"Sparkle," the remake of the 1976 movie of the same title, will probably always be known as Whitney Houston's last screen performance. Technically, she only plays a great support to Jordin Sparks here, but she has such great screen presence that whenever she i on screen, the movie lights up. When she sings her one number, a bravura performance of the gospel classic "His Eye Is On The Sparrow," she commands such attention that you are instantly reminded of how big a loss her death is. She may not have been in the best voice of her career at that point, but she makes up by injecting unmistakable soul in her rendition. Jordin Sparks has a big number at the end of the movie, but for me, the movie stopped after Whitney's number. I never saw the 1976 original (though now I am most curious) but this version is just a straight-up melodrama cliche. It's a mixture of "Dreamgirls" and "A Star Is Born," though I do understand that the original movie predates the Broadway Dreamgirls. The screenplay is sometimes eyeroll-inducing so we are left to just appreciate it based on performances. The standout for me (besides Whitney) is Carmen Ejogo in the "Diana Ross" role, and she is wonderful: magnetic presence (you aren't able to take your eyes off her) and a brave performance that goes dark when it needs to be. You ask yourself why she isn't the title character of the movie. Jordin Sparks, in her first starring role, is just barely adequate. She doesn't really have the screen presence, and is most times boring. The way the role was written didn't help her at all, and she isn't skilled enough to make more with it. Her definitive final number, destined to be epic, was bland and generic. I forgot about the song two seconds after she finished. Everyone else just coasts by. Sparkle has some sparked performances from Houston and Ejogo, but it doesn't have enough sequins to shine bright.

Friday, August 17, 2012

Sgradevole (Book Review: Flirting In Italian, Lauren Henderson)

After finishing "Flirting In Italian" by Lauren Henderson, I got mad at myself. Why do I have to be so anal-retentive that I feel like I have to finish a book even though ti is so uninteresting and boring? But, I did. This has got to be one of the worst books I have ever read, and the premise came with such promise. A young lady from England goes to Italy for the summer, and... it could have gone everywhere that's beautiful. It starts as she sees a picture of a young woman in an old painting, and the woman looks like her. I mean, the possibilities were endless. But what do we get? A stupid mystery-ish with such a lame twist. There is some love story here, but the young man, Luca, is painted like an asshole that you never root for the relationship to go anywhere. Sigh, I really do not want to waste any more time writing about this book. On to the next.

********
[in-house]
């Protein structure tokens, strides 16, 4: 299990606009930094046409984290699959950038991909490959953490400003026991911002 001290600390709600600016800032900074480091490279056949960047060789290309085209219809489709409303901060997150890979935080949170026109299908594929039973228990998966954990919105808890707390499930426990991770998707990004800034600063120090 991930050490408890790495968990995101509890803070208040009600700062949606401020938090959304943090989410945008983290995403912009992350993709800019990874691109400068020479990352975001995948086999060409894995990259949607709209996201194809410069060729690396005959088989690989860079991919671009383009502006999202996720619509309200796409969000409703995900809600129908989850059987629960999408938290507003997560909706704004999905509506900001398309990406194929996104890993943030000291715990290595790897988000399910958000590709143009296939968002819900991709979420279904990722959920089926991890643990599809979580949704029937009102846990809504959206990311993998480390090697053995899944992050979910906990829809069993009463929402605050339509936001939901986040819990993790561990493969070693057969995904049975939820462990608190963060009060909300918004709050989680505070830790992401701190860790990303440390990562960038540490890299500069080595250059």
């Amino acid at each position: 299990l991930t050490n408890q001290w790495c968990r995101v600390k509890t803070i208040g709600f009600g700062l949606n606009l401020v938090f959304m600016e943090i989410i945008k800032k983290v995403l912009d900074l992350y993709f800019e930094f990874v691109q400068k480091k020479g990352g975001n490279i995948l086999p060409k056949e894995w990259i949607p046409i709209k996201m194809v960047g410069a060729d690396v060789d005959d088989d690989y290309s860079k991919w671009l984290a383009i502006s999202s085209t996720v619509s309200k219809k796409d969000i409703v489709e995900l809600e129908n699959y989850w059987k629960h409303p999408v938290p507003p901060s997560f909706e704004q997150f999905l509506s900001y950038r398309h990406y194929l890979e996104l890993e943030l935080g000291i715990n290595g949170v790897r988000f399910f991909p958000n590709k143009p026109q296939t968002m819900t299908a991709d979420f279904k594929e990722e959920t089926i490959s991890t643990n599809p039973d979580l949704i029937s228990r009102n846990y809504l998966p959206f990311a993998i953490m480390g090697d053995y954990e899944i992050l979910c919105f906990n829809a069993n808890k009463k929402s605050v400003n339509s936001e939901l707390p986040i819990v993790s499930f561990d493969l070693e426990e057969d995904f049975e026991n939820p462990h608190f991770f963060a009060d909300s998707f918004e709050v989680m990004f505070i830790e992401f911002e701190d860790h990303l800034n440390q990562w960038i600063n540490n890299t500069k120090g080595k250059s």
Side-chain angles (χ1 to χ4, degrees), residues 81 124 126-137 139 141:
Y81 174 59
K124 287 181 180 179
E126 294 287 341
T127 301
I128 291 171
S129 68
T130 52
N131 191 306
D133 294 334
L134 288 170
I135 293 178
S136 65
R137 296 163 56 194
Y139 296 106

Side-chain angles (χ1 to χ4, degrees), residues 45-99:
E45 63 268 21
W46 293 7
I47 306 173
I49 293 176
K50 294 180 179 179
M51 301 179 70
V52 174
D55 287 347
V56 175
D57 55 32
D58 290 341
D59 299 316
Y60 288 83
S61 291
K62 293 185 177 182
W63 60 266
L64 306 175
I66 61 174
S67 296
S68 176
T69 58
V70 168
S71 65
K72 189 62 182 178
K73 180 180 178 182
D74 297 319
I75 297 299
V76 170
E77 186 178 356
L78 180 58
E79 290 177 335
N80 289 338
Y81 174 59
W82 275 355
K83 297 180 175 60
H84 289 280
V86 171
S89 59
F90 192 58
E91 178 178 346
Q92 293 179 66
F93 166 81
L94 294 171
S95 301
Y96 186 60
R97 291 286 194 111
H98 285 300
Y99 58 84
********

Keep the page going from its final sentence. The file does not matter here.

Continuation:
Wednesday, August 15, 2012

Black Gallery (Television Review: Gallery Girls, Bravo)

Sometimes I like to inflict pain on myself. That could be the reason why I DVRd (I also can't believe I used DVR as a verb) the new Bravo show, "Galley Girls."  Maybe it's boredom, but then again I still have tons of stuff in my drive to watch so I am still at a loss why I started with this. This show is touted to be about the gallery crowd in New York City, and I thought it may be interesting, but based on the first episode, we didn't really get a glimpse of that world, but this really was more of a mean girls vs mean girls type of show, kind of like a modern day Jets vs Sharks, I guess. There are the rich girls, all despicable. Liz is rich, and she is unapologetic about it. Based on her father's connections, she works as an intern at Eli Klein Gallery, but when she gets there. she seems to not want to work, picking and choosing what she wants to do. Maggie used to intern there as well, but had to quit. Cut to the hipsters of the Lower East Side and Billyburg: Claudia and Chantal have started a new space: a combination art gallery/boutique called "End Of Century." They have a friend, Angela, who have doctors as parents, but she wants to model nude and flirt with an Australian photographer, and that seems to be the extent of the depth of her character. These are really young girls I would never want to spend any time with in real life, yet I still question why I have this morbid thought of watching their whole series. I am sick in the head.

Tuesday, August 14, 2012

Angel On My Shoulders Makes Me Happy (Scent Review: Thierry Mugler Angel)

I don't think any perfume lover would argue with me if I say that Thierry Mugler's Angel can now be considered a classic.  Created in 1992, it is still going strong, and is probably one of the biggest perfume success stories from the past two decades. But, it is also one of the most polarizing scents - this one, I assure you, is something you either love or hate. There's just no middle ground with it. I *LOVED* it - it was a powerhouse of a scent. At the time, it was, for me, revolutionary. It smelled like a big desert. I initially thought (mistakenly) that it was called Angel because it smelled like Angel Food Cake, but it was certainly much more than that. Angel cake is for a cake comparison, uch too subtle and plain. It's a "dump-all" cake. Look at the list of notes: 

melon, coconut, mandarin orange, cassia, jasmine, bergamot, cotton candy, honey, apricot, blackberry, plum, orchid, peach, jasmine, lily-of-the-valley, red berries,rose, tonka bean, amber and vanilla, patchouli, musk, vanilla, dark chocolate and caramel